But with Nier Replicant, it turned out to be sad. A lot of people had commented on how sorrowful it was. So with that, the next installment with Automata, we went for something that was a bit different and came from a different perspective. But in the end, people seem to have taken that as a sad, sorrowful story as well.

I've kind of realized my limitations as a creator. I feel like what I created had turned out to be sad again, and I don't have much variation to offer. So, I am kind of reflecting back on that.

In Nier, it seems that no matter how much we try to preserve what we love, we act on instinct, and it can have dire unforeseen consequences. How do you reflect on this in the real world?

This is a really good question. And it's wonderful that it prompted you to think in this way. I feel that it is yielding what I had hoped to achieve through this game.

In terms of how to think or what kind of thoughts went into these kinds of decisions, I think it all boils down to how the player interprets it as they play the game. I feel that the player is the one to make that decision on how they perceive the story.

Emil has quickly become one of my favorite characters of all time. You wear the Emil headpiece everywhere you go, and it has become a sort of famous thing for you. But tell me, what does Emil mean to you?

First and foremost, the reason why I wear the Emil mask is because I actually don't really like being out in public doing these interviews. And I had actually fought [Nier producer] Yosuke Saito over this. I really don't want to be out doing these interviews, but he's like, "No, you must be a spokesperson for these games." We kind of argued about it, and I finally gave in and told him that, well, if I have a mask on, then I should be fine.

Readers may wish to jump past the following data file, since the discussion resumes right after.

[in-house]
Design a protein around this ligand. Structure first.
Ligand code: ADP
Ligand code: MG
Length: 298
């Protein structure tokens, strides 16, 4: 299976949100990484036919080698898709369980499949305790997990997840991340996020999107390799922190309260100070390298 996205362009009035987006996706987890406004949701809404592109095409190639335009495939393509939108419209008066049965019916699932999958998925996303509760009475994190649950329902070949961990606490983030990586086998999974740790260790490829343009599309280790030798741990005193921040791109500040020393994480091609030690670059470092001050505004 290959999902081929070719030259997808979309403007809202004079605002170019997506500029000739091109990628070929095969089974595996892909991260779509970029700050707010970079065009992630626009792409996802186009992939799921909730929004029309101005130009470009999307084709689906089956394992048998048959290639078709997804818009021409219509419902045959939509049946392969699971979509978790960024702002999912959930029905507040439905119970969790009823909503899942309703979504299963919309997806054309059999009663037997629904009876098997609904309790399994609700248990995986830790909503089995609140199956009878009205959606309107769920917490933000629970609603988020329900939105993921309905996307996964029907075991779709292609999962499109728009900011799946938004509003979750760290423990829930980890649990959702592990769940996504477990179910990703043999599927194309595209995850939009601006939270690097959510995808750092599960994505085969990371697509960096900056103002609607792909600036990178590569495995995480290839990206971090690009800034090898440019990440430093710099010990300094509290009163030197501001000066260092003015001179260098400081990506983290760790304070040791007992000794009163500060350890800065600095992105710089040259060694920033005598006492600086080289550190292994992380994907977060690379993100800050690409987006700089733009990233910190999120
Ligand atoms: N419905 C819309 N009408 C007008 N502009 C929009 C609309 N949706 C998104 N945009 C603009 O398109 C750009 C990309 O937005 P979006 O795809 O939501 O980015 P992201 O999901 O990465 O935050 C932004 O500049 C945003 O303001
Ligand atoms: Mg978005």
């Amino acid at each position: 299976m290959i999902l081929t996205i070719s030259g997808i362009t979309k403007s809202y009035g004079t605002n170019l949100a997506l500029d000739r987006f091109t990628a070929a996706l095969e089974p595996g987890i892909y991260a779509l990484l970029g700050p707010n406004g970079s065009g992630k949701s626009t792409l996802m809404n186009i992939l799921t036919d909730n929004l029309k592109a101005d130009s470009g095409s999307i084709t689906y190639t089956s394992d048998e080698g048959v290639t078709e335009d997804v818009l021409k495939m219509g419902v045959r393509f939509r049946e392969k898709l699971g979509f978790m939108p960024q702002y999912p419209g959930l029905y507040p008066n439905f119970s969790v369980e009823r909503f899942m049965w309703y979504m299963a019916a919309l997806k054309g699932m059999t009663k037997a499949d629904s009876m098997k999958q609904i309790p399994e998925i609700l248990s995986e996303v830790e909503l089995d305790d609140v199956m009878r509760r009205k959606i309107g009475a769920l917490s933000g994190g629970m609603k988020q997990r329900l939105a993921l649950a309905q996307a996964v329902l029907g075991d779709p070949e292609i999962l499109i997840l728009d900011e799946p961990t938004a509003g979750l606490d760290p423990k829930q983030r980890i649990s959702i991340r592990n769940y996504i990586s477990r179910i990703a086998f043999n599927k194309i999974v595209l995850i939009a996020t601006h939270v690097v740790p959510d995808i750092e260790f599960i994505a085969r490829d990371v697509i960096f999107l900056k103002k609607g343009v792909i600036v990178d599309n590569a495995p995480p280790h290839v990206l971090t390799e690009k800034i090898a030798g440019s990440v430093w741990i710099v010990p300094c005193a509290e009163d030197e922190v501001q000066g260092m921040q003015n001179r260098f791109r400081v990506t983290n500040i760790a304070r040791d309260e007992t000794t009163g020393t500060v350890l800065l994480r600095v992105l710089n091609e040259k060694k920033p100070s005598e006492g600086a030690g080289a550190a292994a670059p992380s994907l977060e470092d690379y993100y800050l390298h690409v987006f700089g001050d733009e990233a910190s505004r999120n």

Of course, I don't want to differentiate or give priority to certain media and neglect others. So while I don't enjoy doing interviews, we also don't want to neglect certain members of the media only because there may be of a smaller scale or something like that. But once I started appearing in these interviews, I would always have to go out in public, so I had more opportunities to have that mask on. It's not like I preferred to wear the Emil mask in my interviews, I just have to wear it because I don't want my face exposed.

Emil is the character from Nier Replicant who dons the headpiece that's synonymous with the series and Yoko-san.
Emil is the character from Nier Replicant who dons the headpiece that's synonymous with the series and Yoko-san.

If I may digress a little bit, the reason why I don't prefer to do interviews is because as a game creator, I believe that a game is something that everybody participates in. And the players and fans themselves should be given the opportunity to contemplate on what they play and imagine what their feelings are without the creators dictating it to them. The same goes for members of the media, too. I would love for members of the media to have the freedom to think about and speculate on what they have come in contact with in these games. By having an interview, they tend to see what the creator says as the correct answer. I don't want to, sort of, shoehorn that kind of thinking.